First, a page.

Really, universally, relations stop nowhere, and the exquisite problem of the artist is eternally but to draw, by a geometry of his own, the circle within which they shall happily appear to do so.—Henry James, Preface to Roderick Hudson
The Appropriation of an Author's Intention, the assumption that the reader knows better than the author what a work "means," is a common offense in literary criticism. More often than not, this fault is the result of confusing an author's biography with his fiction, of treating a work of imagination as if it were merely artful reportage. Ernest Hemingway's stories have been vulnerable to this misappropriation because many of them have close biographical analogues, and as a result his critics have often confused his work with his life. It is still a popular misconception that the "Hemingway hero" is a thinly veiled self-portrait, that his stories are fragments of unintentional autobiography, and, as Philip Young has declared, "that even a reasonable separation of the man from his writing never will in this case be possible" (263). By confusing Hemingway's [End Page 171] life with his fiction, his critics have ignored what he himself knew: that language—not event—was his subject. Of course, he had "real" subjects, too, and these were often derived from actual events, but it is the storytelling beneath the storytelling that is his real concern. By treating Hemingway's fiction as "real," his critics have ignored the means by which he makes it appear to be so.
The predisposition to confuse Hemingway's art with his life is particularly apparent in the way commentators have considered or, more precisely, have failed to consider "Out of Season," an early story that was suggested by an event in Hemingway's life. Mired in biographical analogies, critics have either misread the story or ignored it altogether. Young, for example, dismisses it as a reflection of "the breakup of Hemingway's first marriage" (197), a story "concerned with everything going wrong with a marriage in a quiet and unexcited way" (178).1 Carlos Baker is more ambiguous: although he declares the story has "considerable distinction" and constitutes "a kind of gateway to the best writing of [Hemingway's] career," he nonetheless calls it "almost straight autobiography" (109), a view shared by more recent psychoanalytical interpretations that confuse Hemingway and his characters.2 Yet despite critical misapprehension, "Out of Season" is one of Hemingway's most important stories: it was his first treatment of the theme of anomie that was to appear in much of his subsequent fiction, and, closely related to this theme, it was his first use of a disjunctive point of view, the narrative technique he was to use thereafter in some of his best stories.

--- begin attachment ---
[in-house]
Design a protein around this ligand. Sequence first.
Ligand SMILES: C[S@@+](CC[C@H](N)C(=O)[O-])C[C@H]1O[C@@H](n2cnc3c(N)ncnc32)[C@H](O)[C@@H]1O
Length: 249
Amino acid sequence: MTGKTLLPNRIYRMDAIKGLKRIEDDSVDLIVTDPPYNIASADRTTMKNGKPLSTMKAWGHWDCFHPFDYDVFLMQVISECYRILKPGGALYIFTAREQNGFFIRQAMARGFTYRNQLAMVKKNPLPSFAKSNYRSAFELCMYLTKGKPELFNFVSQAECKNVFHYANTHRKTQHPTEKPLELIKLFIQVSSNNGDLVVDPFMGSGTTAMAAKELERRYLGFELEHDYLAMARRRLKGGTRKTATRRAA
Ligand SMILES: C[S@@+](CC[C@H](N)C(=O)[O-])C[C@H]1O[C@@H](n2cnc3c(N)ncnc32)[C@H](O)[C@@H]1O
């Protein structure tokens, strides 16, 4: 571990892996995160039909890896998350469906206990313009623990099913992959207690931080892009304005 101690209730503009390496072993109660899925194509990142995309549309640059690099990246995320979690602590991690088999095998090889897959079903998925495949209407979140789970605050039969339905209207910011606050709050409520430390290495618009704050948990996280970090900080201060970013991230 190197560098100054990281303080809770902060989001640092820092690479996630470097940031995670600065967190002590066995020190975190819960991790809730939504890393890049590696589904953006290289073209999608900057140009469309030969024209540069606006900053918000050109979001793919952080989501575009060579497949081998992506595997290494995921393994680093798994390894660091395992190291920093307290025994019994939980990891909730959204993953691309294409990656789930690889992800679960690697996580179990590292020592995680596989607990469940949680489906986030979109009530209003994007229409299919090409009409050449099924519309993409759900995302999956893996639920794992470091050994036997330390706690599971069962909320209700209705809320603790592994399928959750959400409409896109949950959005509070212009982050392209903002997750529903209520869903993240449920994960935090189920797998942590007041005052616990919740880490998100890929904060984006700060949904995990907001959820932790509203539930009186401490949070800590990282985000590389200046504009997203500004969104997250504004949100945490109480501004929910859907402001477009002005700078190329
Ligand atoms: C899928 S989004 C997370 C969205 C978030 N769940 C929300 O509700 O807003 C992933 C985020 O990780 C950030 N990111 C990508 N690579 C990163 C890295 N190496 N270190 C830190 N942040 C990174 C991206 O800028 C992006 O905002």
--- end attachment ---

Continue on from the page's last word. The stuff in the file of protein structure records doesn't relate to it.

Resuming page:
Hemingway himself attached special importance to "Out of Season." It was, he declared, the first story he had "been able to write . . . after losing everything" in what was to become the best-known event of his life, the theft at the Gare de Lyon in 1922 of a suitcase containing the manuscripts of virtually all of his unfinished stories. That catastrophe forced him to start afresh with what he was later to call a "new theory [of composition] that you could omit anything if you knew that you omitted and the omitted part would strengthen the story and make people feel something more than they understood" (Moveable Feast 75).
"Out of Season," which demonstrates the theory, has a deceptively simple plot: a "young gentleman" and his wife, Tiny, are on holiday in Cortina in the Italian Alps. Before the story begins, the husband has [End Page 172] engaged Peduzzi, a local reprobate, to lead them to a fishing site on the river that runs past the town, despite the fact that Peduzzi is not a guide and it is "out of season" for fishing. On the morning of the day appointed, the couple has quarreled, and when the story begins, they are not yet reconciled. On the way to the river, the trio stops at a cantina to buy wine for Peduzzi. When they resume their journey they pass Peduzzi's daughter...